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In Hope in a Jar, historian Kathy Peiss gives us the first full-scale social history of America's beauty culture, from the buttermilk and rice powder recommended by Victorian recipe books to the mass-produced products of our contemporary consumer age. She shows how women, far from being pawns and victims, used makeup to declare their freedom, identity, and sexual allure as they flocked to enter public life. And she highlights the leading role of white and black women - Helena Rubenstein and Annie Turnbo Malone, Elizabeth Arden and Madame C. J. Walker - in shaping a unique industry that relied less on advertising than on women's customs of visiting and conversation. Replete with the voices and experiences of ordinary women, Hope in a Jar is a richly textured account of the ways women created the cosmetics industry and cosmetics created the modern woman.
The book is published by University of Pennsylvania Press.
Customer ReviewsMost Helpful
By Katie on 03-10-18
About Female Entrepreneurship at its Core
Would you try another book from Kathy Peiss and/or Rosemary Benson?
Hope in A Jar was more academic than my usual taste (certainly no added narrative or drama despite its unique subject matter), but its clear writing and narration as well as its keen analysis kept my interest throughout. I will go back to this author if I feel like reading straight forward nonfiction in the future. Benson's narration was clear with just enough inflection to keep the story moving.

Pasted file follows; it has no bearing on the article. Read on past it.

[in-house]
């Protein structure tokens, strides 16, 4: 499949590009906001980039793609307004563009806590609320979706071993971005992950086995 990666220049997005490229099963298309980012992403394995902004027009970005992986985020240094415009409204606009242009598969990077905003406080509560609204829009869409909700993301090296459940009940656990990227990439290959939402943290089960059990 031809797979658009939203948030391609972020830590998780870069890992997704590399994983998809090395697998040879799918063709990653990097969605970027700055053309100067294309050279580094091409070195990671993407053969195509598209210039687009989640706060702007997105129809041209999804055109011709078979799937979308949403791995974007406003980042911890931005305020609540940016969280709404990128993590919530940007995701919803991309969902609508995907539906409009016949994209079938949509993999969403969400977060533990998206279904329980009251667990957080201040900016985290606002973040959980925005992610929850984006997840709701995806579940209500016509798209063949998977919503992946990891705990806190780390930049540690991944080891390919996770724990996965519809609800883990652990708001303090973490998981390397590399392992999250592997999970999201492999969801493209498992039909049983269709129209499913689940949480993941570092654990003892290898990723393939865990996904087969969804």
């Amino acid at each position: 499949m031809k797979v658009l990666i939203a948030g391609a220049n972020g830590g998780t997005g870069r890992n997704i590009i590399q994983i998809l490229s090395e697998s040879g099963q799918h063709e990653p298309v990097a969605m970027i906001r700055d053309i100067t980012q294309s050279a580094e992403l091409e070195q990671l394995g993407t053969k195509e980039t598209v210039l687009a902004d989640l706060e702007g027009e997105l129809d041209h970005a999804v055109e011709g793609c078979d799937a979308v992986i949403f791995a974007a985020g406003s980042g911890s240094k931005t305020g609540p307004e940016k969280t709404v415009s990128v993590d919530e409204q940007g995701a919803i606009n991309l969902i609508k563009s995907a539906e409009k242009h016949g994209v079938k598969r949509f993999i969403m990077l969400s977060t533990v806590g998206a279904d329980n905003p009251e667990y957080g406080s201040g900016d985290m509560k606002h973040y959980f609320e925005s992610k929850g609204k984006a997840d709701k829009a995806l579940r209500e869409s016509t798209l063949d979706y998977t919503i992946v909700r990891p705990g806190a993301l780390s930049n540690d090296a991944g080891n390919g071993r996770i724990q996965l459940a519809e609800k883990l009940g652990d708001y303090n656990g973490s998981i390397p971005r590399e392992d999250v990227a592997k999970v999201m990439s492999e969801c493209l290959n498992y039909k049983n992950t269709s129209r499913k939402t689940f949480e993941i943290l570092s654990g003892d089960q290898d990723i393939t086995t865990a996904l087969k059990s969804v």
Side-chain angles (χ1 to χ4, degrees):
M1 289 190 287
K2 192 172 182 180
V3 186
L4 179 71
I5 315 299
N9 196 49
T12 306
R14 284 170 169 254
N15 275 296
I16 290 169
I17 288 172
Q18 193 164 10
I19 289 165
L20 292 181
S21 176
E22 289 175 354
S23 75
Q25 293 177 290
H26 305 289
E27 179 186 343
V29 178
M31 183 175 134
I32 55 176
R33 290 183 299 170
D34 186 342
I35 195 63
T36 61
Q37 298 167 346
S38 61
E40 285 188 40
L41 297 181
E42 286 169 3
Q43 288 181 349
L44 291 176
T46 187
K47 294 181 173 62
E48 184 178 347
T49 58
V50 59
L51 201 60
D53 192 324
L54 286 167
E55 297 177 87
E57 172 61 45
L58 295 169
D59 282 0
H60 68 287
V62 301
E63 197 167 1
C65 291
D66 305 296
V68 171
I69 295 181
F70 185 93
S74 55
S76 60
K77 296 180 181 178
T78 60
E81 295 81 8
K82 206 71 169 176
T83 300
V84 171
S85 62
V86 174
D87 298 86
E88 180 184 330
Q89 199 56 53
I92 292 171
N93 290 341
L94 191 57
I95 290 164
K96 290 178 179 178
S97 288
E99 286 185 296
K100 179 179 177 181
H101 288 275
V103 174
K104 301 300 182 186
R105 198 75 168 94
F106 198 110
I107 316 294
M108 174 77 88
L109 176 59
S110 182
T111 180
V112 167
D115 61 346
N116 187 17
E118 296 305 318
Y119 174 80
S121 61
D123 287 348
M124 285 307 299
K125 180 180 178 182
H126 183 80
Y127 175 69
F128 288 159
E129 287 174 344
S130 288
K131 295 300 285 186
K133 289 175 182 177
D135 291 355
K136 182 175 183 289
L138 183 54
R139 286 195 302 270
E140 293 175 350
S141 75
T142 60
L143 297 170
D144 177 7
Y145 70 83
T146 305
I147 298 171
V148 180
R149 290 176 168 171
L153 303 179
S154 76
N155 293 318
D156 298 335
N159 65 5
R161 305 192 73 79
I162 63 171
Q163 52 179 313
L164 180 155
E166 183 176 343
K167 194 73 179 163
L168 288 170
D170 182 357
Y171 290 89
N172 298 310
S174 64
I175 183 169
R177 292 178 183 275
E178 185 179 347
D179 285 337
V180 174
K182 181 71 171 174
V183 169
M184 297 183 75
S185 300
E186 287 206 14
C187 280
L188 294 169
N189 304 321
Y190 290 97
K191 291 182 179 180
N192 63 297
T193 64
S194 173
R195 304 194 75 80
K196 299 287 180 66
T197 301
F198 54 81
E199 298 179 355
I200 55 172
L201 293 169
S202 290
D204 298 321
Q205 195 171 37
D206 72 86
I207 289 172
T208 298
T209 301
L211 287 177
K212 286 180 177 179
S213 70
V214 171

What was one of the most memorable moments of Hope in a Jar?
Although I was initially drawn to the book's unique subject matter, (I have yet to find another academic look at the history of the cosmetic industry) the book's focus on female and african-american entrepreneurship will stay with me. The narrative follows expected names like Elizabeth Arden but also immigrant and african-american "beauty cultureists" who build businesses despite societal obstacles. The book goes out of its way to describe how different racial or social groups interpreted certain beauty practices such as applying powder foundation or rouge. I felt like I heard from a perspective I rarely see in academic-style nonfiction.
Did the narration match the pace of the story?
Benson's narration is very clear and well-paced to allow for easy comprehension. Her inflection gives the otherwise fact-heavy narrative life. I found no problem taking in this book while working or driving.
Did Hope in a Jar inspire you to do anything?
It inspired me to seek historical perspectives beyond the ones repeatedly taught in grade school.